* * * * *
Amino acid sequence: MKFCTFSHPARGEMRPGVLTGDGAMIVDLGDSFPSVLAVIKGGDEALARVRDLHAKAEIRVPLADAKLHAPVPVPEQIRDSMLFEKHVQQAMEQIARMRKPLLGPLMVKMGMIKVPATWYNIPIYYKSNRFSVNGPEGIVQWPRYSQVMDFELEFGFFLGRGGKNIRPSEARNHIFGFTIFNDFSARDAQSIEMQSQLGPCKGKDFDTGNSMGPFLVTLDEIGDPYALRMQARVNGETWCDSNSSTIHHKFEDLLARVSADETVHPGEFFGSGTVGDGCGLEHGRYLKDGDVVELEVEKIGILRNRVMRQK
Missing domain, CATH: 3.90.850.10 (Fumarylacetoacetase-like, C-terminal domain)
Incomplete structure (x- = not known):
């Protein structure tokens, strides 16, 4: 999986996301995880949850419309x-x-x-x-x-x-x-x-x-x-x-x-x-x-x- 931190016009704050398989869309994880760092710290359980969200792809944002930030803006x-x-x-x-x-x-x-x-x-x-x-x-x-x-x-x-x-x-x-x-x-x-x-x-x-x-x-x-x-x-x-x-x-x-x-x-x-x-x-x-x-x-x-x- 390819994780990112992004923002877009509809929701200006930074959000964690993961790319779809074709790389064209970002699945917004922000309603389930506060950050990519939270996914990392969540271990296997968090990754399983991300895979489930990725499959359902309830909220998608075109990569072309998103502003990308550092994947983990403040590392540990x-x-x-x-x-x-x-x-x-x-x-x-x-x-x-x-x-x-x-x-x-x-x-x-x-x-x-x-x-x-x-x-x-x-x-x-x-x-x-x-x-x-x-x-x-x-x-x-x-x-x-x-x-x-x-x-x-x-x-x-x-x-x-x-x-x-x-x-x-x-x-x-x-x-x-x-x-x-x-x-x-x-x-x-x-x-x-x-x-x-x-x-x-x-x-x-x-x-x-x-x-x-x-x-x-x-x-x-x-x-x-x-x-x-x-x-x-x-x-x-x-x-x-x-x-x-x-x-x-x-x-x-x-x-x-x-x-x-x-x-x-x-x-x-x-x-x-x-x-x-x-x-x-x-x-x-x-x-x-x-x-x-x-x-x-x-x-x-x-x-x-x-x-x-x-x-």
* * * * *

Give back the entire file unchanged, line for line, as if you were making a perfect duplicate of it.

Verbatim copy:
Amino acid sequence: MKFCTFSHPARGEMRPGVLTGDGAMIVDLGDSFPSVLAVIKGGDEALARVRDLHAKAEIRVPLADAKLHAPVPVPEQIRDSMLFEKHVQQAMEQIARMRKPLLGPLMVKMGMIKVPATWYNIPIYYKSNRFSVNGPEGIVQWPRYSQVMDFELEFGFFLGRGGKNIRPSEARNHIFGFTIFNDFSARDAQSIEMQSQLGPCKGKDFDTGNSMGPFLVTLDEIGDPYALRMQARVNGETWCDSNSSTIHHKFEDLLARVSADETVHPGEFFGSGTVGDGCGLEHGRYLKDGDVVELEVEKIGILRNRVMRQK
Missing domain, CATH: 3.90.850.10 (Fumarylacetoacetase-like, C-terminal domain)
Incomplete structure (x- = not known):
């Protein structure tokens, strides 16, 4: 999986996301995880949850419309x-x-x-x-x-x-x-x-x-x-x-x-x-x-x- 931190016009704050398989869309994880760092710290359980969200792809944002930030803006x-x-x-x-x-x-x-x-x-x-x-x-x-x-x-x-x-x-x-x-x-x-x-x-x-x-x-x-x-x-x-x-x-x-x-x-x-x-x-x-x-x-x-x- 390819994780990112992004923002877009509809929701200006930074959000964690993961790319779809074709790389064209970002699945917004922000309603389930506060950050990519939270996914990392969540271990296997968090990754399983991300895979489930990725499959359902309830909220998608075109990569072309998103502003990308550092994947983990403040590392540990x-x-x-x-x-x-x-x-x-x-x-x-x-x-x-x-x-x-x-x-x-x-x-x-x-x-x-x-x-x-x-x-x-x-x-x-x-x-x-x-x-x-x-x-x-x-x-x-x-x-x-x-x-x-x-x-x-x-x-x-x-x-x-x-x-x-x-x-x-x-x-x-x-x-x-x-x-x-x-x-x-x-x-x-x-x-x-x-x-x-x-x-x-x-x-x-x-x-x-x-x-x-x-x-x-x-x-x-x-x-x-x-x-x-x-x-x-x-x-x-x-x-x-x-x-x-x-x-x-x-x-x-x-x-x-x-x-x-x-x-x-x-x-x-x-x-x-x-x-x-x-x-x-x-x-x-x-x-x-x-x-x-x-x-x-x-x-x-x-x-x-x-x-x-x-x-």